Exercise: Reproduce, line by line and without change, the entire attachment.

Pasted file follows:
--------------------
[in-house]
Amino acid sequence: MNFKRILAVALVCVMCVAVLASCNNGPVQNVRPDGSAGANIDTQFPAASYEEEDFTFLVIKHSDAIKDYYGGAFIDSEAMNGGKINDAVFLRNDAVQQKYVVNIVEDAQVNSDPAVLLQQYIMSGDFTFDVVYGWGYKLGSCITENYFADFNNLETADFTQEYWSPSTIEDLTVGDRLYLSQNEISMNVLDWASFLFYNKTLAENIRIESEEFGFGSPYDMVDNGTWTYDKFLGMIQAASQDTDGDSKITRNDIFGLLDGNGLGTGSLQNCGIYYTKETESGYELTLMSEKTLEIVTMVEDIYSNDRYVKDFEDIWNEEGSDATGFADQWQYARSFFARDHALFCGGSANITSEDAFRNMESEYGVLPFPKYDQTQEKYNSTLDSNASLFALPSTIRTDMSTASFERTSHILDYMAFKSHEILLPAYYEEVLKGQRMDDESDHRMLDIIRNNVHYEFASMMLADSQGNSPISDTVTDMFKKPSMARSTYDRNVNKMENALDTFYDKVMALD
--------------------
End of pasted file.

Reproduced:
[in-house]
Amino acid sequence: MNFKRILAVALVCVMCVAVLASCNNGPVQNVRPDGSAGANIDTQFPAASYEEEDFTFLVIKHSDAIKDYYGGAFIDSEAMNGGKINDAVFLRNDAVQQKYVVNIVEDAQVNSDPAVLLQQYIMSGDFTFDVVYGWGYKLGSCITENYFADFNNLETADFTQEYWSPSTIEDLTVGDRLYLSQNEISMNVLDWASFLFYNKTLAENIRIESEEFGFGSPYDMVDNGTWTYDKFLGMIQAASQDTDGDSKITRNDIFGLLDGNGLGTGSLQNCGIYYTKETESGYELTLMSEKTLEIVTMVEDIYSNDRYVKDFEDIWNEEGSDATGFADQWQYARSFFARDHALFCGGSANITSEDAFRNMESEYGVLPFPKYDQTQEKYNSTLDSNASLFALPSTIRTDMSTASFERTSHILDYMAFKSHEILLPAYYEEVLKGQRMDDESDHRMLDIIRNNVHYEFASMMLADSQGNSPISDTVTDMFKKPSMARSTYDRNVNKMENALDTFYDKVMALD